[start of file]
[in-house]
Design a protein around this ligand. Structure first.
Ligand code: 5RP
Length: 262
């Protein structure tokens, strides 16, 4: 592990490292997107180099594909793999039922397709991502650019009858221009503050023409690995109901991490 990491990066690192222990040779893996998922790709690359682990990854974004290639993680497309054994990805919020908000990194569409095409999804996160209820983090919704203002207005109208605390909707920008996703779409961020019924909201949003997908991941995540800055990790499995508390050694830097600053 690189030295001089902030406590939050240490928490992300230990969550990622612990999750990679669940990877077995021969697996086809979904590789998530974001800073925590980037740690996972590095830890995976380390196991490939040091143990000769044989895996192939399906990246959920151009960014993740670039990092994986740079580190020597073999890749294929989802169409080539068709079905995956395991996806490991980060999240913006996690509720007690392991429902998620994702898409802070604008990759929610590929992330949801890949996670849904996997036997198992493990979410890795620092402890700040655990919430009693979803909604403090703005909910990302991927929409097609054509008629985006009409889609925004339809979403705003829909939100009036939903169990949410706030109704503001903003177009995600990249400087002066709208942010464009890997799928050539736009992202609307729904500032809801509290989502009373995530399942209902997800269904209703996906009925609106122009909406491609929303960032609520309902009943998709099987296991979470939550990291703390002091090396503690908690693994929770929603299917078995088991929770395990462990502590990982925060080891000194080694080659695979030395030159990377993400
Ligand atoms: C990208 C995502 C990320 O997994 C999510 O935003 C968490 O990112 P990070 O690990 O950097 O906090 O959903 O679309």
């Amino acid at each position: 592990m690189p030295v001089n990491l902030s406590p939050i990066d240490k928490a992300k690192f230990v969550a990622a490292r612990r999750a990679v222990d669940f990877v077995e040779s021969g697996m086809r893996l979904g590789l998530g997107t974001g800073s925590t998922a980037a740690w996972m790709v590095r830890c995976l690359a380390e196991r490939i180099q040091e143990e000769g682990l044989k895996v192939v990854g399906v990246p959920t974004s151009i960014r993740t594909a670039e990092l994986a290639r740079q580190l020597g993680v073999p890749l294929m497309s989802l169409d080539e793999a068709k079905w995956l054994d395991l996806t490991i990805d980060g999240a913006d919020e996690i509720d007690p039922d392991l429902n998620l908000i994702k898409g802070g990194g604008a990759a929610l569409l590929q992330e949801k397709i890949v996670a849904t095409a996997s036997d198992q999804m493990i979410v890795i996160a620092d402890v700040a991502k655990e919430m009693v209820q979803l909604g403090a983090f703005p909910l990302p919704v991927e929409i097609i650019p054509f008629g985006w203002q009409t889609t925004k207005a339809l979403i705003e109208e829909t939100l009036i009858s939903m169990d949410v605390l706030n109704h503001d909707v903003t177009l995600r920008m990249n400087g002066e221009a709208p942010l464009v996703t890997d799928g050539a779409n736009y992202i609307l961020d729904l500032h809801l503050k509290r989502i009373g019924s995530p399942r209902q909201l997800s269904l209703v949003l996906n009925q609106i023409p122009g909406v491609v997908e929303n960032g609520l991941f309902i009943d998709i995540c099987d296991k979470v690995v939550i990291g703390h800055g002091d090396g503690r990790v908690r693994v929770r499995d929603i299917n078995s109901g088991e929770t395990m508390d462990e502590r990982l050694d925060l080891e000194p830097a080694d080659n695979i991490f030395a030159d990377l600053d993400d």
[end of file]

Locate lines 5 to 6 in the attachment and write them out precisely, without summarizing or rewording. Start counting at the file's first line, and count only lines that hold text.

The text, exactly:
């Protein structure tokens, strides 16, 4: 592990490292997107180099594909793999039922397709991502650019009858221009503050023409690995109901991490 990491990066690192222990040779893996998922790709690359682990990854974004290639993680497309054994990805919020908000990194569409095409999804996160209820983090919704203002207005109208605390909707920008996703779409961020019924909201949003997908991941995540800055990790499995508390050694830097600053 690189030295001089902030406590939050240490928490992300230990969550990622612990999750990679669940990877077995021969697996086809979904590789998530974001800073925590980037740690996972590095830890995976380390196991490939040091143990000769044989895996192939399906990246959920151009960014993740670039990092994986740079580190020597073999890749294929989802169409080539068709079905995956395991996806490991980060999240913006996690509720007690392991429902998620994702898409802070604008990759929610590929992330949801890949996670849904996997036997198992493990979410890795620092402890700040655990919430009693979803909604403090703005909910990302991927929409097609054509008629985006009409889609925004339809979403705003829909939100009036939903169990949410706030109704503001903003177009995600990249400087002066709208942010464009890997799928050539736009992202609307729904500032809801509290989502009373995530399942209902997800269904209703996906009925609106122009909406491609929303960032609520309902009943998709099987296991979470939550990291703390002091090396503690908690693994929770929603299917078995088991929770395990462990502590990982925060080891000194080694080659695979030395030159990377993400
Ligand atoms: C990208 C995502 C990320 O997994 C999510 O935003 C968490 O990112 P990070 O690990 O950097 O906090 O959903 O679309």